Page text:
What is Forced Arbitration?
Forced arbitration is typically a clause buried deep within a contract that states the recipient of service or product will give up the right to file a lawsuit in court against the provider. This type of clause can be found in just about any sort of service contract, such as a cell phone agreement or a car lease.
Nursing homes typically use these kinds of clauses before admitting a resident. As a result, residents and family members must agree to arbitration rather than having their dispute heard in a court of law. Residents are basically giving up their constitutional right to a jury trial because they need the help of a nursing home facility.
There are many horrific examples of families denied justice due to forced arbitration clauses. According to a report in The New York Times, in May of 2014 a woman suffering from Alzheimer’s was raped twice in two days by fellow residents at a California nursing home. Even though a state investigation found that the home failed to protect the resident, efforts to hold the facility accountable in a court of law were blocked due to the clause. The family of the woman eventually gave up and chose to settle.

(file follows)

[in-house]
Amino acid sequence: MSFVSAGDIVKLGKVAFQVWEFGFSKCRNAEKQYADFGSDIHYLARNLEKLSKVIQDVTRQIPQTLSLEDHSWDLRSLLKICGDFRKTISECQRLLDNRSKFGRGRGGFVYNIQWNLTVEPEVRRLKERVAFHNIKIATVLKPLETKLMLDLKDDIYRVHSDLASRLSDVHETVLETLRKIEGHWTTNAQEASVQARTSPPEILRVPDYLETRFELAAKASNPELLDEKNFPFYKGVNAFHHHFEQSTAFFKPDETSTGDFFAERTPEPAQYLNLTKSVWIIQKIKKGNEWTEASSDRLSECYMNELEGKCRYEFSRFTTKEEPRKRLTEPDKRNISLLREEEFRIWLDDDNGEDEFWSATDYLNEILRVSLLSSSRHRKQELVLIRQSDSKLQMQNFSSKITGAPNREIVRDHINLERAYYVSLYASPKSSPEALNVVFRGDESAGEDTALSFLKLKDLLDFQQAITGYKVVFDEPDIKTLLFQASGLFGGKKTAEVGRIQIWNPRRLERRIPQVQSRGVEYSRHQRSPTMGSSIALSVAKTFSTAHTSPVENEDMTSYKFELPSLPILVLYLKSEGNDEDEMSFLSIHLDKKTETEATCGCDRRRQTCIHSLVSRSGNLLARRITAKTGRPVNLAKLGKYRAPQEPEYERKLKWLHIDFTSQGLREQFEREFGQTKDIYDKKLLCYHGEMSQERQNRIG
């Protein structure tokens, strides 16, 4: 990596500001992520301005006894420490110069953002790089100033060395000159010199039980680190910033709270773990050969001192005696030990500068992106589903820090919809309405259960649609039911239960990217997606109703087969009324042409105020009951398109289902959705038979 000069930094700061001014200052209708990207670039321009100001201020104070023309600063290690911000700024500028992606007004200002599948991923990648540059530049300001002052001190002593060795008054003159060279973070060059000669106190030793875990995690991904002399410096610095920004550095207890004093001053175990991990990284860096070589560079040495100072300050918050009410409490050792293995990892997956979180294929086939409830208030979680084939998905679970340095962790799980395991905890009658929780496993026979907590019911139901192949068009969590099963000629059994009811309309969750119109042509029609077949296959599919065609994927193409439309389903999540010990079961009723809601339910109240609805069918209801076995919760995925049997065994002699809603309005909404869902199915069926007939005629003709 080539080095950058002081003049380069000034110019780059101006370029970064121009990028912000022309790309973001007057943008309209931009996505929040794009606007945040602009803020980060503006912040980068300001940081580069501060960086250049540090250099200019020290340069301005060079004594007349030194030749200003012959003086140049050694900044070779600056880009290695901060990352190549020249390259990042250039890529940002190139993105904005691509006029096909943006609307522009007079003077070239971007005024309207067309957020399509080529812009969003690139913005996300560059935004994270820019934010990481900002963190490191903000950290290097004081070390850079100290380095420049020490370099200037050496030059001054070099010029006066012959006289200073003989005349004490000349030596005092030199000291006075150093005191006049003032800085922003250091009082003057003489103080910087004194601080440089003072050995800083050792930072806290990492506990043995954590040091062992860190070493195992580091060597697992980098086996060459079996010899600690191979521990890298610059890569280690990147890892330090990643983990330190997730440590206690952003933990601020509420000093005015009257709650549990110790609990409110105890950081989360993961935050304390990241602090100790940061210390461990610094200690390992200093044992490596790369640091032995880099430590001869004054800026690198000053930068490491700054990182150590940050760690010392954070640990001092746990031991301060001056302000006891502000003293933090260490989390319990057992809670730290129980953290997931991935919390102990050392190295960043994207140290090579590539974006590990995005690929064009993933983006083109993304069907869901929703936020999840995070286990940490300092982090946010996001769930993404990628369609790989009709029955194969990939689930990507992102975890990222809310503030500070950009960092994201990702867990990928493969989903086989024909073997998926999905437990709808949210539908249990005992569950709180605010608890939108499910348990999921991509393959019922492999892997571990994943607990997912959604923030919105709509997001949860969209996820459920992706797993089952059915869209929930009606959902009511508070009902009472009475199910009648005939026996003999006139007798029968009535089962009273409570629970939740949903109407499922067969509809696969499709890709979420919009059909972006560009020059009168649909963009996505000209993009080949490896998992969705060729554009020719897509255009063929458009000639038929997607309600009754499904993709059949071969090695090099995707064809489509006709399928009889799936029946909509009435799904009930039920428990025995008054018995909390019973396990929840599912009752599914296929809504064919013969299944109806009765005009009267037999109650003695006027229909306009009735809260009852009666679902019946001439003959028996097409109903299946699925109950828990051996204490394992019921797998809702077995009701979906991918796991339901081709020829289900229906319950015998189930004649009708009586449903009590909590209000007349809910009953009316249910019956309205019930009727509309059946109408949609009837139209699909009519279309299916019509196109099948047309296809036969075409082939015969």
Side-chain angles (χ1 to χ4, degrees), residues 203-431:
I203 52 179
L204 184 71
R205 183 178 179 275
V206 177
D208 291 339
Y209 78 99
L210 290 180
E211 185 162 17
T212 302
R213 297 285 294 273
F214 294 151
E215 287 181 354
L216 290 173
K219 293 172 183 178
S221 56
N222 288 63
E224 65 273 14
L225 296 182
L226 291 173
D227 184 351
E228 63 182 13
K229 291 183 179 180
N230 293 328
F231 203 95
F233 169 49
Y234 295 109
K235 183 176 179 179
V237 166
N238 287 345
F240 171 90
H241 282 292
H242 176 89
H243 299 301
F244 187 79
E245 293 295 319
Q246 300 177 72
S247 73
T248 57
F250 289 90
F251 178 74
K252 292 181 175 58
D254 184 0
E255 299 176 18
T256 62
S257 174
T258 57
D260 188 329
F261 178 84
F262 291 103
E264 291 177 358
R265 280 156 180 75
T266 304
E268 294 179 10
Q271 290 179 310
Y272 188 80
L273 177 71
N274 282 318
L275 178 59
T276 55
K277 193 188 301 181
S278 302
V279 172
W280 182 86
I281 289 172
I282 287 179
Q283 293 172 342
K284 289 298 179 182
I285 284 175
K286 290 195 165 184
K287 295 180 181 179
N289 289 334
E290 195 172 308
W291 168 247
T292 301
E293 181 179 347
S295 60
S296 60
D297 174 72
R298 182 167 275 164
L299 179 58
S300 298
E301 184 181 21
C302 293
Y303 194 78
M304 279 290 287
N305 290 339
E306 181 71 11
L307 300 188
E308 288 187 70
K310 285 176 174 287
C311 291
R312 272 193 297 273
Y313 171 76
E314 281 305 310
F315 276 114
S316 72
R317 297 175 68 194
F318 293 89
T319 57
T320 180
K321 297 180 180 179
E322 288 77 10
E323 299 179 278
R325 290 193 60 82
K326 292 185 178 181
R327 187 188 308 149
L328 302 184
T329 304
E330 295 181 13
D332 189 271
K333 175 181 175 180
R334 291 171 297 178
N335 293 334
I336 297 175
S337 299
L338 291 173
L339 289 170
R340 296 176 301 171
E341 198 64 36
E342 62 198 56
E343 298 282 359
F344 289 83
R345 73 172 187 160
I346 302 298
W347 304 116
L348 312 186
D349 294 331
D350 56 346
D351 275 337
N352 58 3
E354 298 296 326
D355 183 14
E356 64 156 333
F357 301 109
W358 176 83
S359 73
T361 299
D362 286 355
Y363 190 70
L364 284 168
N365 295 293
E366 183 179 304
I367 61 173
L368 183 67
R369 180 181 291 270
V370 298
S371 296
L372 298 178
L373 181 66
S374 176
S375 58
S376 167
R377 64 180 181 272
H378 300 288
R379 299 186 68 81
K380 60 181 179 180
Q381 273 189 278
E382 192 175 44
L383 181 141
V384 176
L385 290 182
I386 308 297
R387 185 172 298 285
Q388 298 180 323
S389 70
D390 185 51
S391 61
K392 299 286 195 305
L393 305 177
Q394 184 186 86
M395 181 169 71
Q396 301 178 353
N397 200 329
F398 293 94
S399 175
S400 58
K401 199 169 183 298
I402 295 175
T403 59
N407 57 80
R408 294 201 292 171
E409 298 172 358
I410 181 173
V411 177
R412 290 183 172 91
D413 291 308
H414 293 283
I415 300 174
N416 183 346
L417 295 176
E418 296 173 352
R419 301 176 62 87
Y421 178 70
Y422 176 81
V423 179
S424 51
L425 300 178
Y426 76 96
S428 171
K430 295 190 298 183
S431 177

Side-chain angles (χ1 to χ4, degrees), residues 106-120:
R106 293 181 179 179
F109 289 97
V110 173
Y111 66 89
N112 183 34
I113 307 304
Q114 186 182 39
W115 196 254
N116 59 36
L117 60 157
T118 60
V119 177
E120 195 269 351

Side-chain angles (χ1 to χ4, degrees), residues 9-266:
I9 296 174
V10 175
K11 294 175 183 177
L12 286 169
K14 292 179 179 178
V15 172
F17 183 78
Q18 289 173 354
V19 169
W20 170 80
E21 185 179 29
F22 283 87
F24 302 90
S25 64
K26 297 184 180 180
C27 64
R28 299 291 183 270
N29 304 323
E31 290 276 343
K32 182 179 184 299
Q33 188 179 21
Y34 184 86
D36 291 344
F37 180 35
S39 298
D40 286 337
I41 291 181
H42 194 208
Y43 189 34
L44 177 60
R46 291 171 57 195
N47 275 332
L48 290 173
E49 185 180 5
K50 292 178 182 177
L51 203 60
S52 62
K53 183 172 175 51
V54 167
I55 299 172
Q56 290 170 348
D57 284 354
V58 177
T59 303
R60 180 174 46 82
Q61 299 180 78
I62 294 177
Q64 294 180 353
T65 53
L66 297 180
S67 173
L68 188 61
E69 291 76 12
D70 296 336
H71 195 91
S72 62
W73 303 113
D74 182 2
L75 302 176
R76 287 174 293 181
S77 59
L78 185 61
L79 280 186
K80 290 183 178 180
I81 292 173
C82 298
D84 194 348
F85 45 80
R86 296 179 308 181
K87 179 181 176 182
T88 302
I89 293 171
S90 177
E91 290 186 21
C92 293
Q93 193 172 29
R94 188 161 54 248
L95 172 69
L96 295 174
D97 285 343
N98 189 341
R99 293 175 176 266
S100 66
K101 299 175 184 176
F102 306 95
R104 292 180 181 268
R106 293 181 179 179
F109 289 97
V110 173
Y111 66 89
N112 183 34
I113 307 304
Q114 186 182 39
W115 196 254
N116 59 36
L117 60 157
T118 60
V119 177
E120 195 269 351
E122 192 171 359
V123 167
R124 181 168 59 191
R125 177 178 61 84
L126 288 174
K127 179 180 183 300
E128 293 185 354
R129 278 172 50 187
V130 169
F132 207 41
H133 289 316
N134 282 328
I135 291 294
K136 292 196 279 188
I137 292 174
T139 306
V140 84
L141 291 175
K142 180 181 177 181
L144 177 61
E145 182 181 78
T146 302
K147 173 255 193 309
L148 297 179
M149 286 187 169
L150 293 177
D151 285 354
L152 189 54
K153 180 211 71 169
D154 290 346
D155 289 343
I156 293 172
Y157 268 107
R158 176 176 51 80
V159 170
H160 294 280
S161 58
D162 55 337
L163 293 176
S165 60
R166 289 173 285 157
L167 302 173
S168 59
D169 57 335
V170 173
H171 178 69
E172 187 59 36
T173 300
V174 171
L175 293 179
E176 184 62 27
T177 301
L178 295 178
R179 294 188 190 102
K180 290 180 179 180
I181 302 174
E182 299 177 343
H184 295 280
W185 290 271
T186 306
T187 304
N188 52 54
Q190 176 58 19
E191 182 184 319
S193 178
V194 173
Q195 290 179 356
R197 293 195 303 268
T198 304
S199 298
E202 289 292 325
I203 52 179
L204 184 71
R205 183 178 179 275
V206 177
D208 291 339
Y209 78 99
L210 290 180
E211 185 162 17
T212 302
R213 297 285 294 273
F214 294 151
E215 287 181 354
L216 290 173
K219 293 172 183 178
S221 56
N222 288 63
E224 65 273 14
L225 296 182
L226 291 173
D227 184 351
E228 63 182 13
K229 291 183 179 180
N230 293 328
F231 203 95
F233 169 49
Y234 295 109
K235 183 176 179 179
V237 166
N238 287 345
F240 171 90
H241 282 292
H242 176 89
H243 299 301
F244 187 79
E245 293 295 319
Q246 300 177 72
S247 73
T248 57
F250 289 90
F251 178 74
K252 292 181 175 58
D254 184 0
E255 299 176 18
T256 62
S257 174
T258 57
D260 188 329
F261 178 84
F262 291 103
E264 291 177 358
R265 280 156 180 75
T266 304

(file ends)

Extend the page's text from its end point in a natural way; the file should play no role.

What’s particularly insidious about arbitration is the fact that the arbitrator will typically have some sort of association with the service provider. Nursing homes, for example, will usually use the same arbitrator while the aggrieved party will only use it once, leading to a built-in bias. Even when a plaintiff wins, the award is typically much lower than it would have been through a court.
In addition, arbitration costs are typically split evenly between the two sides, stacking the deck even more in the favor of the service provider. A nursing home will usually be able to easily afford the costs, while the plaintiff will usually not.
Justice is Served
But this will no longer be the case when it comes to nursing homes. Thanks to the CMS decision, elderly people across the country will once again have their right to a day in court.